Why All Disease Begins in the Gut
While Hippocrates coined the phrase, “all disease begins in the gut” thousands of years ago, current research is finding there’s much truth in this ancient piece of wisdom!
If you think your intestinal tract is only responsible for digestion and waste elimination, think again… your gut also plays a big role in immune system function, the synthesis of essential nutrients, and balancing neurotransmitters important for brain and mood health.
It’s even been referred to as our second brain by experts in the health professional community.
It’s all about the health of our gut:
Your intestines are home to billions of bacteria, collectively known as the microbiome. Some of these bacteria are beneficial and some are not, but the balance between the two is really key to normal digestion, proper absorption of nutrients, and promoting a healthy intestinal environment.
The integrity and structure of the intestinal walls is also extremely important when it comes to good gut health – and our health overall.
The gut lining is a permeable barrier designed to allow certain molecules, like broken down nutrients from food, to crossover into the bloodstream for absorption and use in the body. But, the gut lining should also keep harmful molecules, like toxins and pathogens, from being absorbed.
When the gut lining is compromised, it may become thin, inflamed, too permeable, and unable to regulate which molecules should and should not be crossing into the bloodstream. This is known as impaired intestinal permeability or Leaky Gut Syndrome.
A leaky gut allows large food particles, chemicals, and toxins to actually ‘leak’ into your body where they can wreak havoc! Your immune system then swings into action as it identifies these as foreign invaders and launches an inflammatory attack.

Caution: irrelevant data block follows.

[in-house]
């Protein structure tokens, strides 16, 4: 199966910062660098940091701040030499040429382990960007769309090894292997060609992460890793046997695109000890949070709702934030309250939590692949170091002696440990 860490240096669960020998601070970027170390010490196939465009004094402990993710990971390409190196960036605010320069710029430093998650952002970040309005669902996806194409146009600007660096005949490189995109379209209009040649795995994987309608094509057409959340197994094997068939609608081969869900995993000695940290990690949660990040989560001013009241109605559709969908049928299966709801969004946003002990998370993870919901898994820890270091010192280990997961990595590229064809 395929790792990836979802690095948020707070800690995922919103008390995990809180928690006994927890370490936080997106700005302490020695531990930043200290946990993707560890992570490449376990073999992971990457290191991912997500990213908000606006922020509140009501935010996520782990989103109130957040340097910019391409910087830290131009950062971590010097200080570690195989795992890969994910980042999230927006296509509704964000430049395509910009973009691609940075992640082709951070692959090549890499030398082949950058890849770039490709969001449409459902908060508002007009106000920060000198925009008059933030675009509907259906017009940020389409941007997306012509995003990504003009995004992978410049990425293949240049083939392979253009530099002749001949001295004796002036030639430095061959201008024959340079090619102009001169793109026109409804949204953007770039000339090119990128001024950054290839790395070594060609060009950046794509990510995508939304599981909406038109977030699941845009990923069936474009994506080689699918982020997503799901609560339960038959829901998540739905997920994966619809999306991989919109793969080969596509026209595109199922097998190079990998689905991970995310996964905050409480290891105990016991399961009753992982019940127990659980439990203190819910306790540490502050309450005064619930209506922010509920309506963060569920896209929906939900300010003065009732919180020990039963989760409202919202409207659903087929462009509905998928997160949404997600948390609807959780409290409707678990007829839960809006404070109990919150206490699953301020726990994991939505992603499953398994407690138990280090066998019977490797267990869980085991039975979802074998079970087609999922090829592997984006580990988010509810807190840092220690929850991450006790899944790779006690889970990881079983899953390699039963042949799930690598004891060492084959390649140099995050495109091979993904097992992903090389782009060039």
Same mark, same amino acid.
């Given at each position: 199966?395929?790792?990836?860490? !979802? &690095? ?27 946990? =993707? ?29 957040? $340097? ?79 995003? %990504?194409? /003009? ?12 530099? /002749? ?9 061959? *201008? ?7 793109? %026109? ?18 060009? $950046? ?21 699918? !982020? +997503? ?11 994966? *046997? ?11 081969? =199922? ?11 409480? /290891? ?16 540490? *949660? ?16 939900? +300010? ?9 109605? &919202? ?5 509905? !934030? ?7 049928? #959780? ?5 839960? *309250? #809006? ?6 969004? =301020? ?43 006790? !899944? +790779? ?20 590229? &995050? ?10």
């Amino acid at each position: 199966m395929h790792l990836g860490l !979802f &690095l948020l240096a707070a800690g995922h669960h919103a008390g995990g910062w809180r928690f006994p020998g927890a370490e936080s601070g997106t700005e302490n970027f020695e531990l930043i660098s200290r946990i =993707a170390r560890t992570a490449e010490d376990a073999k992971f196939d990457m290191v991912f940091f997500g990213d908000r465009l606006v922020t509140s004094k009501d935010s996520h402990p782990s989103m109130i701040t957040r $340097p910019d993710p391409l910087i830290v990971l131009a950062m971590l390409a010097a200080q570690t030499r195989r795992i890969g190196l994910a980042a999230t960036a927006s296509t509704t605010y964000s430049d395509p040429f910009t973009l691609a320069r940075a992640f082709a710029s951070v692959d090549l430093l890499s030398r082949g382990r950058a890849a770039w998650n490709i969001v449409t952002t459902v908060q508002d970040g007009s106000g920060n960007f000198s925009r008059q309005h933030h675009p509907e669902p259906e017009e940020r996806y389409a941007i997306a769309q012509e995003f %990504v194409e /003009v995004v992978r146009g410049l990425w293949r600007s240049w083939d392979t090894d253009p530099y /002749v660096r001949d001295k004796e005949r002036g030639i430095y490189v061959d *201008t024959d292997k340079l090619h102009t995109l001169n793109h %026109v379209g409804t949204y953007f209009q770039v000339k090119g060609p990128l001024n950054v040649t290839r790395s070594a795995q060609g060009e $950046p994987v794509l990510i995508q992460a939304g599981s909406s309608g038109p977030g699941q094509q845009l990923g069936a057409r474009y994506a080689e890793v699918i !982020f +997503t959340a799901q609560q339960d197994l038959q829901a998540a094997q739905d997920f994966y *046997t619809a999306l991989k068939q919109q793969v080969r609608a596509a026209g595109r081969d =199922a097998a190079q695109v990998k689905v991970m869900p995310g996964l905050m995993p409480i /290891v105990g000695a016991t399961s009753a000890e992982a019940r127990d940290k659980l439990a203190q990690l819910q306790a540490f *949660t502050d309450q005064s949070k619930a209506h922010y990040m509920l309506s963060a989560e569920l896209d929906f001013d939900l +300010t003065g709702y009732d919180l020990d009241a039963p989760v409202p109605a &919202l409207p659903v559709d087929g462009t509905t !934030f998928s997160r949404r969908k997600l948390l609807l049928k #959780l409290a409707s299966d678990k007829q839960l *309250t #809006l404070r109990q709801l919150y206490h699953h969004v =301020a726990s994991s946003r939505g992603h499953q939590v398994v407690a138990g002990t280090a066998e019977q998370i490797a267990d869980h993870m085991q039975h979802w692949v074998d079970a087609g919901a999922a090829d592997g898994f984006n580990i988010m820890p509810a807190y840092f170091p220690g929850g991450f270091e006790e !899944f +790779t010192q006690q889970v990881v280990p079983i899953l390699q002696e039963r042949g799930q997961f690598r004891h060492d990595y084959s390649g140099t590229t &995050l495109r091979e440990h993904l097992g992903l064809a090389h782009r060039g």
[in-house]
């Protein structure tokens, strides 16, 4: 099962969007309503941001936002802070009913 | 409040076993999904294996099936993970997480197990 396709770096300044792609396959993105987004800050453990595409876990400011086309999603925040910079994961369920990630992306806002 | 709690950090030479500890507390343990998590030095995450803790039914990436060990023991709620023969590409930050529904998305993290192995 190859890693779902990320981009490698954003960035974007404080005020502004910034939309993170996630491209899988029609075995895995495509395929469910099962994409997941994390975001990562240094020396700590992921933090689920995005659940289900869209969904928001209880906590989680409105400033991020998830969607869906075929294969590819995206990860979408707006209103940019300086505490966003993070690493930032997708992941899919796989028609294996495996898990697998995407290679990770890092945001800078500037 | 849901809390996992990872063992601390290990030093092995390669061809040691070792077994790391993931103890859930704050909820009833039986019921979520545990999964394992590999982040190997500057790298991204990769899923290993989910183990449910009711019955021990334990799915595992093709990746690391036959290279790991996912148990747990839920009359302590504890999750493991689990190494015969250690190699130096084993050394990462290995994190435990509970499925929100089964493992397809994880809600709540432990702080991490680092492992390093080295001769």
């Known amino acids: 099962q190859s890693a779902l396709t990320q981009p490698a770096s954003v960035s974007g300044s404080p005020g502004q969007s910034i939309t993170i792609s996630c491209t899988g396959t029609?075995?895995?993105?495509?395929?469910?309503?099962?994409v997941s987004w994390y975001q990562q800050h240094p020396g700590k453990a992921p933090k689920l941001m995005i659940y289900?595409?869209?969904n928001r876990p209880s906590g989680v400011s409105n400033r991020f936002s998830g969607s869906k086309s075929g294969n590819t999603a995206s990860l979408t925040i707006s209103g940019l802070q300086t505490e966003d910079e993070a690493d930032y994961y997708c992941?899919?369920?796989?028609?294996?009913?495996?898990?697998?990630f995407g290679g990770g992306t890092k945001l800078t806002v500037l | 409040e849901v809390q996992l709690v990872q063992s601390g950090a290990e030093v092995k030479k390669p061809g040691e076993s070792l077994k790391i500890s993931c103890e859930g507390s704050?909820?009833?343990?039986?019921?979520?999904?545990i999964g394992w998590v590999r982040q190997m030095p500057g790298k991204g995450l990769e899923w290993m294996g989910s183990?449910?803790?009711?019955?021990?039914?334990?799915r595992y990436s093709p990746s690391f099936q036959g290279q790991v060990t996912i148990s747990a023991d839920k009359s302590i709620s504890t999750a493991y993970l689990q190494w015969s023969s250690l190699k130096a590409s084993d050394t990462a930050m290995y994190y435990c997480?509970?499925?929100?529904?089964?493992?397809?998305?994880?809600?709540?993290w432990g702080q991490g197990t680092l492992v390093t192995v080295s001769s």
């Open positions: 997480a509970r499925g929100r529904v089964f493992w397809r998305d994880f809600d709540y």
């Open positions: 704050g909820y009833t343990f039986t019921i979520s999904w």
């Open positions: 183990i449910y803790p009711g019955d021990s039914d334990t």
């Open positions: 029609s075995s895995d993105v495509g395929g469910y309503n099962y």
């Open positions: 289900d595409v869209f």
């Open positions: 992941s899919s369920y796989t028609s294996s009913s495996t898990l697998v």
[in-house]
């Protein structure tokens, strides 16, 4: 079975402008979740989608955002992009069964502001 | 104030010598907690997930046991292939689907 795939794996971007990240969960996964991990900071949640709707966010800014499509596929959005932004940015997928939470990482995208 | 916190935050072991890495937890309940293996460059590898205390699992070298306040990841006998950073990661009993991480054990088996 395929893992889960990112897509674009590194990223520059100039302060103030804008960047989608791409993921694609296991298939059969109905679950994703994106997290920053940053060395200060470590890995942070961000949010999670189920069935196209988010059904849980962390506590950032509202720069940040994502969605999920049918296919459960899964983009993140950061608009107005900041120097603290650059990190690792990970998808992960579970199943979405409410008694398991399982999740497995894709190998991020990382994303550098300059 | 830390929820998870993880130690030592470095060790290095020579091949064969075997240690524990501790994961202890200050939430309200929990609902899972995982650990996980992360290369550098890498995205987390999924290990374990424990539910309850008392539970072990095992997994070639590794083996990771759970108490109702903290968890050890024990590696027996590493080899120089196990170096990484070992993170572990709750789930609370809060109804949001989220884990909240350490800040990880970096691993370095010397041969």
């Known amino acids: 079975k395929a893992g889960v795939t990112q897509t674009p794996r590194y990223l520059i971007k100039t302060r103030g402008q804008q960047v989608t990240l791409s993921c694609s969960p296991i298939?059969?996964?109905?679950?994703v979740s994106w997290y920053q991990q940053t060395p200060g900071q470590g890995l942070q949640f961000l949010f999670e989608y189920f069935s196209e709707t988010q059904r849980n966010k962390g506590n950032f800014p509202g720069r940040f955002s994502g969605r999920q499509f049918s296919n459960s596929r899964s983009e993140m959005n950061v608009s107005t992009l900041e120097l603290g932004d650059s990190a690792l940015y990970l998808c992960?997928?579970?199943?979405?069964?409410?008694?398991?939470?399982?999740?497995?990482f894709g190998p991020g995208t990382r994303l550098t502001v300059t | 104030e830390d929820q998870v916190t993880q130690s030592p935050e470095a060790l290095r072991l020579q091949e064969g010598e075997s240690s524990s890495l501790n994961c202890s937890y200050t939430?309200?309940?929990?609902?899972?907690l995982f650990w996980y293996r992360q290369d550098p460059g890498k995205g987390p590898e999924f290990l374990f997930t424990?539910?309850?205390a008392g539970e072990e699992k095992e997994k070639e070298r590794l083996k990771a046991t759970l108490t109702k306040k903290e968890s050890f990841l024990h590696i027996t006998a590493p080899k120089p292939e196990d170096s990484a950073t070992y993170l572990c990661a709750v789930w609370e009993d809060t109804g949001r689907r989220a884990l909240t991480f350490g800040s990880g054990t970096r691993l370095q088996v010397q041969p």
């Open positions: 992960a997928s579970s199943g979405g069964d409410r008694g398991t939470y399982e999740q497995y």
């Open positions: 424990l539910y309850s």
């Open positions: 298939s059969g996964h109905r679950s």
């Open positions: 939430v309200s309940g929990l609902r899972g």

This type of inflammation is different than the heat, swelling, and redness you associate with an injury. That’s acute inflammation and it’s pretty obvious when it’s happening.
Instead, we’re talking constant chronic inflammation that, over the course of longer periods of time, is thought to be the root cause of a lot of diseases.
Not every single disease can be traced back to gut health, but a lot of them can. Heart disease, type 2 Diabetes, obesity, Alzheimer’s, and mood disorders, like depression, are all linked to inflammation and poor gut health or a compromised gut lining.
What type of things are harmful to the gut?
A number of things can contribute to poor gut functioning, including:
- An unhealthy diet, high in refined carbohydrates, sugar, and unhealthy fats, like fried foods and trans fats
- Gluten also contributes to impaired gut lining in those sensitive to it
- Excessive alcohol consumption
- Long-term use of prescription and over-the-counter medications
- Antibiotics are used to rid the body of bacterial infections, but unfortunately, they do not discriminate and end up wiping out the population of good bacteria too
- Frequent use of NSAIDs, like ibuprofen, can impair the lining of the stomach and intestines
Stress can also cause inflammation throughout the body, including your gut.
How to care for your gut health with diet:
Care for your gut and your gut will care for you!
It’s been well documented that our gut thrives when we follow an anti-inflammatory diet.
- Eating a diet rich in whole foods, with a focus on fiber, antioxidants, and omega-3 fats. The best source of omega-3 fats are nuts, fatty fish, like salmon, and pastured animal products. If you don’t eat fish or grass-fed animal products, it’s important to take a good quality omega-3 supplement.
- Regularly eating fermented foods, like raw sauerkraut and kombucha, can help boost the number of good bacteria in your gut. Probiotic supplements can also help support the number and balance of bacteria in your gut.
- Bone broth or hydrolyzed collagen supplements may help promote an intact and healthy gut lining.
Laura & Shannon